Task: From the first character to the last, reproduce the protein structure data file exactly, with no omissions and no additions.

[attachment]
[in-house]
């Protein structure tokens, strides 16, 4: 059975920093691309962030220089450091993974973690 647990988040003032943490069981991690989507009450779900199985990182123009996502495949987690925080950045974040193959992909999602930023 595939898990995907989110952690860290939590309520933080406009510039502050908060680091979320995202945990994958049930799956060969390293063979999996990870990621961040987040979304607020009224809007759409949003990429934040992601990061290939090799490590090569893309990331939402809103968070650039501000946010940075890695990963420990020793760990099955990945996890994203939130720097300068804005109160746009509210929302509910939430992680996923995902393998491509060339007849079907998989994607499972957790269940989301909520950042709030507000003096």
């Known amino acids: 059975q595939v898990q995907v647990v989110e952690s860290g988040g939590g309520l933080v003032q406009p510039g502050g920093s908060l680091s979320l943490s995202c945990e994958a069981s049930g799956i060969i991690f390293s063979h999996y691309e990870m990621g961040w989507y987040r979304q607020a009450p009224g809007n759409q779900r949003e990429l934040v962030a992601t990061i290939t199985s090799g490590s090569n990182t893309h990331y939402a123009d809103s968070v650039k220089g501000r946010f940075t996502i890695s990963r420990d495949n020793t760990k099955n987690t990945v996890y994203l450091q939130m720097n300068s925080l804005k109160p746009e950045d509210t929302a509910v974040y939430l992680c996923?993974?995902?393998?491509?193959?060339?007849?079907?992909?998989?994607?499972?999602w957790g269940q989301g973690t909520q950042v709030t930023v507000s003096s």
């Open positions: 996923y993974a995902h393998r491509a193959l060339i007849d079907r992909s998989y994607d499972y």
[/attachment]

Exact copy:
[in-house]
């Protein structure tokens, strides 16, 4: 059975920093691309962030220089450091993974973690 647990988040003032943490069981991690989507009450779900199985990182123009996502495949987690925080950045974040193959992909999602930023 595939898990995907989110952690860290939590309520933080406009510039502050908060680091979320995202945990994958049930799956060969390293063979999996990870990621961040987040979304607020009224809007759409949003990429934040992601990061290939090799490590090569893309990331939402809103968070650039501000946010940075890695990963420990020793760990099955990945996890994203939130720097300068804005109160746009509210929302509910939430992680996923995902393998491509060339007849079907998989994607499972957790269940989301909520950042709030507000003096």
């Known amino acids: 059975q595939v898990q995907v647990v989110e952690s860290g988040g939590g309520l933080v003032q406009p510039g502050g920093s908060l680091s979320l943490s995202c945990e994958a069981s049930g799956i060969i991690f390293s063979h999996y691309e990870m990621g961040w989507y987040r979304q607020a009450p009224g809007n759409q779900r949003e990429l934040v962030a992601t990061i290939t199985s090799g490590s090569n990182t893309h990331y939402a123009d809103s968070v650039k220089g501000r946010f940075t996502i890695s990963r420990d495949n020793t760990k099955n987690t990945v996890y994203l450091q939130m720097n300068s925080l804005k109160p746009e950045d509210t929302a509910v974040y939430l992680c996923?993974?995902?393998?491509?193959?060339?007849?079907?992909?998989?994607?499972?999602w957790g269940q989301g973690t909520q950042v709030t930023v507000s003096s």
């Open positions: 996923y993974a995902h393998r491509a193959l060339i007849d079907r992909s998989y994607d499972y």